The picture above shows one of the highlights of a ride on the Kent and East Sussex Railway – Tenterden Bank. The section from Rolvenden to Tenterden has an impressive gradient of 1 in 50, requiring the driver to open the regulator and fireman work very hard indeed!
Today we look at yet another star of the Kent and East Sussex Railway’s gala (click here for more). This locomotive is an important locomotive for those of a western persuasion, as it is the only survivor of F. W. Hawksworth’s 16xx class.
All members of this once 70 strong class were built by British Railways and for that reason it was pleasing to see 1638 in BR black, as previously it wore incorrect GWR colours (click here to see it in 2013).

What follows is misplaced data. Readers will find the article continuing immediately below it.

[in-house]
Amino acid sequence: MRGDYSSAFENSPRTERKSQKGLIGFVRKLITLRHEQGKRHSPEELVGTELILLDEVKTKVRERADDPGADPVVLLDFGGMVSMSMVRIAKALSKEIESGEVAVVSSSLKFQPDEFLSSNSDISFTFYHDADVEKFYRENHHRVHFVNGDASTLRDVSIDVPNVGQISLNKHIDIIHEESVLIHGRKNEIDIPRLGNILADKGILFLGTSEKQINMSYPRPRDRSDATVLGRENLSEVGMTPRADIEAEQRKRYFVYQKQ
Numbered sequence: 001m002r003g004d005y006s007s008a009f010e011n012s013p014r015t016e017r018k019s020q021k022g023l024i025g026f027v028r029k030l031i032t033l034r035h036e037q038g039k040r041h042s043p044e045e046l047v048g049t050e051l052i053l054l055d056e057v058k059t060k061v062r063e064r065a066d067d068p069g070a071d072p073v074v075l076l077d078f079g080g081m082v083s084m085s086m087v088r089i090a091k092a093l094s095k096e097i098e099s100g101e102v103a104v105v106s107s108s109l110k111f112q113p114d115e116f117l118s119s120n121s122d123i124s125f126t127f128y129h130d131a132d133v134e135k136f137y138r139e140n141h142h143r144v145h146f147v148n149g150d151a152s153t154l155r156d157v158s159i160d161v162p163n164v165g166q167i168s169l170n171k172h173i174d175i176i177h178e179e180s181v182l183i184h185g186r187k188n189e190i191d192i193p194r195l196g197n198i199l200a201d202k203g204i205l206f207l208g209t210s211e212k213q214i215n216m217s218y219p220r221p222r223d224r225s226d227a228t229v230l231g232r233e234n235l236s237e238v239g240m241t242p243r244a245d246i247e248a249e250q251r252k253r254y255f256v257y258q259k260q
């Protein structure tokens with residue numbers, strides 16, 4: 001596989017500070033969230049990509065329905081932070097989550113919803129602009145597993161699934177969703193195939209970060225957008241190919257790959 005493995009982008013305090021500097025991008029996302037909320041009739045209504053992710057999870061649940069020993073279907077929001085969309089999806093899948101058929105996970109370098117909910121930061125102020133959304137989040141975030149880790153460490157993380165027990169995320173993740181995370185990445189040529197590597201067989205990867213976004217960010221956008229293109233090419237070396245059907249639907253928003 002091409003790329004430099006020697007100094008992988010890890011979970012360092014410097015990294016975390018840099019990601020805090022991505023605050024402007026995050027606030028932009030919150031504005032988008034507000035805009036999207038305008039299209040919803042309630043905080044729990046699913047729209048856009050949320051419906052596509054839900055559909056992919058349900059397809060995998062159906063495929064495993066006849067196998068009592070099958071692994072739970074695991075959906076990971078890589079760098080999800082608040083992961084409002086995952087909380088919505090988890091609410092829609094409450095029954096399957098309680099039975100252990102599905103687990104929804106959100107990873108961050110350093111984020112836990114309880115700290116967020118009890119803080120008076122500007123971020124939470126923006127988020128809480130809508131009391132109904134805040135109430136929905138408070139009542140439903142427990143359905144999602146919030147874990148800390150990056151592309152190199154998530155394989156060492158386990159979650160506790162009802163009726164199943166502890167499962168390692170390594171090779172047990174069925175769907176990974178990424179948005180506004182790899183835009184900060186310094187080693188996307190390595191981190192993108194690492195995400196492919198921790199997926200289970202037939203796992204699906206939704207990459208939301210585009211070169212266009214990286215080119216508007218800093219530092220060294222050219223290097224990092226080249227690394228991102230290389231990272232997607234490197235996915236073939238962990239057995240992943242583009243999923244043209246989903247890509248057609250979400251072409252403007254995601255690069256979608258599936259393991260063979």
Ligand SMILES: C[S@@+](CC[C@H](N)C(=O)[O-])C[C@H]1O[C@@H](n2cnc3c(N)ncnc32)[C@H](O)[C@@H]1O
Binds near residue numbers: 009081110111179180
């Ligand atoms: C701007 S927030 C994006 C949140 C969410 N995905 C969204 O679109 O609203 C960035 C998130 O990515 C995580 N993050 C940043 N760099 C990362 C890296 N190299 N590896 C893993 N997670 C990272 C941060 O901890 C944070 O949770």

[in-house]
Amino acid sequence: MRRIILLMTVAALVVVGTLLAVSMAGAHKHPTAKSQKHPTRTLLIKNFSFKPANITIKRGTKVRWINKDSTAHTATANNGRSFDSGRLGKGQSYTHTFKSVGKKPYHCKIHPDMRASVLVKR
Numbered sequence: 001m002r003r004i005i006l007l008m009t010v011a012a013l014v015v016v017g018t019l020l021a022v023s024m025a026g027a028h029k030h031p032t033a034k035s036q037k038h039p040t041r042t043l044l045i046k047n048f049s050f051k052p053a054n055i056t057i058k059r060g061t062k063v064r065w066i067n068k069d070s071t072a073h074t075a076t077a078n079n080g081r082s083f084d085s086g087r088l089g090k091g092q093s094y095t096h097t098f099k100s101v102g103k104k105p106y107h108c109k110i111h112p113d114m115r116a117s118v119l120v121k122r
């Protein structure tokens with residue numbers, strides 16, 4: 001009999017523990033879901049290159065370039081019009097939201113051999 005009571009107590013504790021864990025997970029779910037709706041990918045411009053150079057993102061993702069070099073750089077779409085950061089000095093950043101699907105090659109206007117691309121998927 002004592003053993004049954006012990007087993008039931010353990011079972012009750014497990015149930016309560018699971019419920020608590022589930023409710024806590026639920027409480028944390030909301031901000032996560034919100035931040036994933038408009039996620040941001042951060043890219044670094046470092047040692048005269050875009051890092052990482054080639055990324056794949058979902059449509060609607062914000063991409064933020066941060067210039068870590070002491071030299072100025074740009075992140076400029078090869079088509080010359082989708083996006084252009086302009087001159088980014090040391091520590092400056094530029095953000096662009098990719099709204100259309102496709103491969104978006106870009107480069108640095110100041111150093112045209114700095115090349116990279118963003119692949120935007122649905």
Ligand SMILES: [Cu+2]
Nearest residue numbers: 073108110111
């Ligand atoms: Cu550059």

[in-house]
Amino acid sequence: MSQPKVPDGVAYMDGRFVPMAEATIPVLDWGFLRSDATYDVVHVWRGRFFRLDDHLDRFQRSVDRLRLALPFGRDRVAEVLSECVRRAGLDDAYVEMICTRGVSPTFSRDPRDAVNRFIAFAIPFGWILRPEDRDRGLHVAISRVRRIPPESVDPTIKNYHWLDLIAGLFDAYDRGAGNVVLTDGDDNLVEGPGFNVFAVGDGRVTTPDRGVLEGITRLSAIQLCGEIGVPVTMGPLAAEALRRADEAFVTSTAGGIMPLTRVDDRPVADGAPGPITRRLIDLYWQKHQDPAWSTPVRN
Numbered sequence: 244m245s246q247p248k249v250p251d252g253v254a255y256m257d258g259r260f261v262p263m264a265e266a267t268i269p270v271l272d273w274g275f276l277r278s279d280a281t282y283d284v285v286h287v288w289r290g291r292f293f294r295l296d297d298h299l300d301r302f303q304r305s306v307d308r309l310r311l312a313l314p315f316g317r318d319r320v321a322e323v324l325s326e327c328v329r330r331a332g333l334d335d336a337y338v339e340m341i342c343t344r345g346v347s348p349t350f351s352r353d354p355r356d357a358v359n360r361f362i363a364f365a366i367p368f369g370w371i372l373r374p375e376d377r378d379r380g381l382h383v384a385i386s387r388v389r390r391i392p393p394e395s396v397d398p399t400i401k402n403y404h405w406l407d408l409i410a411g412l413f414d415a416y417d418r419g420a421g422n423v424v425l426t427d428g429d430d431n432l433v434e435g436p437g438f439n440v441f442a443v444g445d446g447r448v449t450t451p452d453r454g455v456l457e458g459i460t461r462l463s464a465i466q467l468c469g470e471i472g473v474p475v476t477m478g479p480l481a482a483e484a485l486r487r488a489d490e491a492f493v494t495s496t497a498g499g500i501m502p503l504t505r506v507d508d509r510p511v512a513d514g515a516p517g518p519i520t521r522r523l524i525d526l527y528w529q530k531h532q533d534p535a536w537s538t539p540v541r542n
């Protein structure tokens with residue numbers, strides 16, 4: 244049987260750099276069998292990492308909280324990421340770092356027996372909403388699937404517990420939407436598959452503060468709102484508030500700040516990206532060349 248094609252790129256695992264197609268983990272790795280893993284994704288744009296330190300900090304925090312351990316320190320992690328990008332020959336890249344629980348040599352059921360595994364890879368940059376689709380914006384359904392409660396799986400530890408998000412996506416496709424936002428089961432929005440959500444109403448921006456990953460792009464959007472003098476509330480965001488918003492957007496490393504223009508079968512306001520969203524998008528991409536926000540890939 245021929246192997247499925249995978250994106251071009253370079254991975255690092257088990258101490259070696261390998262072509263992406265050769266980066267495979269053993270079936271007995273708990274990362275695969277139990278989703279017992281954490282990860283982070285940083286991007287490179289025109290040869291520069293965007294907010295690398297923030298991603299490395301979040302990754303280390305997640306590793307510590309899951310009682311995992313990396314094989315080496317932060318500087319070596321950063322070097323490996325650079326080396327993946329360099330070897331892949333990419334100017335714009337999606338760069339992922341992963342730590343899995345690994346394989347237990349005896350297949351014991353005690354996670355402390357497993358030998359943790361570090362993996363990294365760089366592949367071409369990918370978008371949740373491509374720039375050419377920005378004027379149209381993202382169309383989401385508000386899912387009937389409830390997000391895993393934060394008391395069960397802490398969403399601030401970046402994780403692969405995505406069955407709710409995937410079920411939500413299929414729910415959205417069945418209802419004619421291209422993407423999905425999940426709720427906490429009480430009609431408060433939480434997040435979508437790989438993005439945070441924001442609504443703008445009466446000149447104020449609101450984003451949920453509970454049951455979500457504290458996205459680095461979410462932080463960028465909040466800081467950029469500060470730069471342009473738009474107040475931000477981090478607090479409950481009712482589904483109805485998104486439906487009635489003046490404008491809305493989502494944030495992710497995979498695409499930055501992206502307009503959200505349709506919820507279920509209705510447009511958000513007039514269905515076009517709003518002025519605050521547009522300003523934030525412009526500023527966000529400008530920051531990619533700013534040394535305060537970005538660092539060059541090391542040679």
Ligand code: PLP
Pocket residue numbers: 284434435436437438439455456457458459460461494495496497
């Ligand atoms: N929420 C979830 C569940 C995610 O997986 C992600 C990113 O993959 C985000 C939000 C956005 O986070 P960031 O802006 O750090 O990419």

Built to work on lines with restricted loading gauges, the 16xx class were ideal for lines with low clearances or in docks. Interestingly, British Railways only gave them a power rating of 2F, opposed to the higher rated fellow K&ESR gala stars USA class dock tank (rated 3F, click here for more) or J94/Austerity saddle tank (rated 4F, click here for more). Yet despite that, the K&ESR have found this locomotive to be a match for those classes on service trains.
Sadly, in common with Hawksworth’s 94xx class, many of the the 16xx class had very short working lives. 1659 had the record of just 5 years (built in 1955 and withdrawn in 1960).
1638 was a Welsh-based machine, being first allocated to Llanelly after construction in Swindon. Its early life in preservation was at the former Dart Valley Railway from 1967 (now the South Devon Railway) and it was here that I first saw her. Acquired by the Kent and East Sussex Railway in 1992, it has been based on the line ever since.